As a small business owner in the digital age, you understand the importance of generating new leads and engaging prospects in online opportunities. One of the best ways to do this in terms of measurable results and ROI is to run targeted email marketing campaigns. Today, with the proliferation of email marketing services available, regularly sending communications to well-tuned audiences doesn't need to break the bank or give you headaches in setup and execution. Even email marketing isn't always a walk in the park and does need a method. Follow these 16 tips to get ahead of your competition and make sure your emails are connecting with recipients correctly. before you start 1. Have a clear goal (plan the customer journey) First, you need to have a clear goal in mind before you can even think about an email marketing campaign in structure. At the end of the day, the emails you send have one overarching goal (no matter how far away) to convert leads into sales. In fact, anyone who subscribes to your email database is on a sales journey, hoping that will lead them to click the "buy" button with you. To ensure your emails are worth the money and optimize accordingly, it's important to map this journey and then create email marketing messages around it. 2.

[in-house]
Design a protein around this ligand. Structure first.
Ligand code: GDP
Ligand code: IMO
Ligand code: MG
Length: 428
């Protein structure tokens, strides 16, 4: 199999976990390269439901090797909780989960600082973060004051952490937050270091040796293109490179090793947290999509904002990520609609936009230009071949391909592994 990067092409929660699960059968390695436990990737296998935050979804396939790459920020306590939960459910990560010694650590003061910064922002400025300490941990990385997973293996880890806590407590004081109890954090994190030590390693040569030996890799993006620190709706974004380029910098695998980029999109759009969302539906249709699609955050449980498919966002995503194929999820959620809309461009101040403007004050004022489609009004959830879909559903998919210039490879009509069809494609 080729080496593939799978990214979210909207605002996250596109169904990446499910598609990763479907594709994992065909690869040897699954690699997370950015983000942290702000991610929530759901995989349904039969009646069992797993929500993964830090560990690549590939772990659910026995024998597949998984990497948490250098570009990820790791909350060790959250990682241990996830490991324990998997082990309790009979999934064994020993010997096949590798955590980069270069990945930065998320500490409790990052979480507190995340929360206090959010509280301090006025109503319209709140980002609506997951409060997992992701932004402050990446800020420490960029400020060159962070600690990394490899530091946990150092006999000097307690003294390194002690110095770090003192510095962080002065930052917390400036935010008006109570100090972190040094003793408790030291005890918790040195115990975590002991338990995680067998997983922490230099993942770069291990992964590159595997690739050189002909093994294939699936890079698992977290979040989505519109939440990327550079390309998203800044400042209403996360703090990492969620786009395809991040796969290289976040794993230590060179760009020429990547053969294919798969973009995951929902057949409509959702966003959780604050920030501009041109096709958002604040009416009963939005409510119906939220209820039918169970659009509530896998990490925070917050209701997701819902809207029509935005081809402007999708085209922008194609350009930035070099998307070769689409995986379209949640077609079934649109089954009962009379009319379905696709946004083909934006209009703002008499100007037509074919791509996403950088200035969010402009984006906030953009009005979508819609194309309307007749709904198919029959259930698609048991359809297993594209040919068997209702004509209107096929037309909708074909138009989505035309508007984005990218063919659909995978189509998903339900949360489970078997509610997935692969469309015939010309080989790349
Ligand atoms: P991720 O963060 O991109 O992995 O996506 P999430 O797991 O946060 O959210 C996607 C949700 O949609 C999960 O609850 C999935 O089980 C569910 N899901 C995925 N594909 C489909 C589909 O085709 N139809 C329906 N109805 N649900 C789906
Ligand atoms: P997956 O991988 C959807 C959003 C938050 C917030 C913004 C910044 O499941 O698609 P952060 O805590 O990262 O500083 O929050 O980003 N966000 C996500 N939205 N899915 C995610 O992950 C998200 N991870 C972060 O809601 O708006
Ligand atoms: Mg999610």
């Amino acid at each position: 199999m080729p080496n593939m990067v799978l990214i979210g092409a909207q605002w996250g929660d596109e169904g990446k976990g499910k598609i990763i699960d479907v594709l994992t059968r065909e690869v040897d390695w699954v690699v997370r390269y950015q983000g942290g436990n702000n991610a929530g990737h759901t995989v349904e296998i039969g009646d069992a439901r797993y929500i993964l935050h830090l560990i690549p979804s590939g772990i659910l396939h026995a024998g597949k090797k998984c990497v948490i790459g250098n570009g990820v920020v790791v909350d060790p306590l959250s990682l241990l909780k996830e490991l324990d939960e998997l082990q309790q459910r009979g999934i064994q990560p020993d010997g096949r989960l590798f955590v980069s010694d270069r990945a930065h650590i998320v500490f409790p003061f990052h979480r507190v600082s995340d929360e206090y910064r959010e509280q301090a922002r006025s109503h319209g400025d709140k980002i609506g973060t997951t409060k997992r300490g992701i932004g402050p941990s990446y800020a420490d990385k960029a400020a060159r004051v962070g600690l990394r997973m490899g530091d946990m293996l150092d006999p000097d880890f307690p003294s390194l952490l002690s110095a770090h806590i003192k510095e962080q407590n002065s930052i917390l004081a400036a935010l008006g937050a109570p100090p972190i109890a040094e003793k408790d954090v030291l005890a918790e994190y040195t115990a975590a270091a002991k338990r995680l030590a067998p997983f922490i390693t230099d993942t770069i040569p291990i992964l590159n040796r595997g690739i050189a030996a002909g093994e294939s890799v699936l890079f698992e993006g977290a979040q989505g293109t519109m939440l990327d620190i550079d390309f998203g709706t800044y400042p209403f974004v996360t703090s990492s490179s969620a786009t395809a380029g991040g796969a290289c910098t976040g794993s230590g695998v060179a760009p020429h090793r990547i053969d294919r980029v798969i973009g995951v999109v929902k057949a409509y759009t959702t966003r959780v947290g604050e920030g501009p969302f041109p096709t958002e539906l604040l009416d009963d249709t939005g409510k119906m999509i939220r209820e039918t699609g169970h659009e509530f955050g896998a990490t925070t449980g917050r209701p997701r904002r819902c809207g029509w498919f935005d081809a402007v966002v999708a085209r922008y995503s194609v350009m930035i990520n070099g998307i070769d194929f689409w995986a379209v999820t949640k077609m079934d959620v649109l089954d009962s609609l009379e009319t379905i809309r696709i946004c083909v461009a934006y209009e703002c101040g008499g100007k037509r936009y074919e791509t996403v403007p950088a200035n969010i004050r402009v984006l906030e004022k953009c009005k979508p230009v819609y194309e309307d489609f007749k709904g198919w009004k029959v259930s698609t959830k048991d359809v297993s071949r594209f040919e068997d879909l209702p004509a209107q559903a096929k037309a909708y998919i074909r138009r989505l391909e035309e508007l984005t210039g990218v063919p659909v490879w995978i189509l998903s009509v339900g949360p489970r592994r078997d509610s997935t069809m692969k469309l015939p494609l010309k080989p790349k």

Make it easy to subscribe (and unsubscribe) It sounds obvious, but if you make the subscription process as easy as possible, you'll get more subscribers. Some businesses don't even offer a subscription box on their website, opting instead to sign up offline/in-store. If you don't have an obvious subscription box on your website, you're missing out on countless opportunities. Your subscription box should also be as simple as possible. This is because people are more likely to sign up if they only have to enter their name and email address. Again, you should include a simple unsubscribe option with every email you send. Nothing annoys consumers more than being unable to remove themselves from a company's email list. Tip: For more information on this, be sure to read the last section on GDPR in this article. This is extremely important. 3. Let people know what to expect Whether you plan to send out company updates, special offers, or just promote your blog post, you must tell people what to expect before they sign up . The last four words are in bold because this is actually a GDPR requirement. But aside from being the law, it's also just polite. By providing as much information as possible, you allow your visitors to make an informed choice. This alone reduces the chances of them unsubscribing in the future. 4. Offer rewards Ask yourself, why should anyone give me their email address?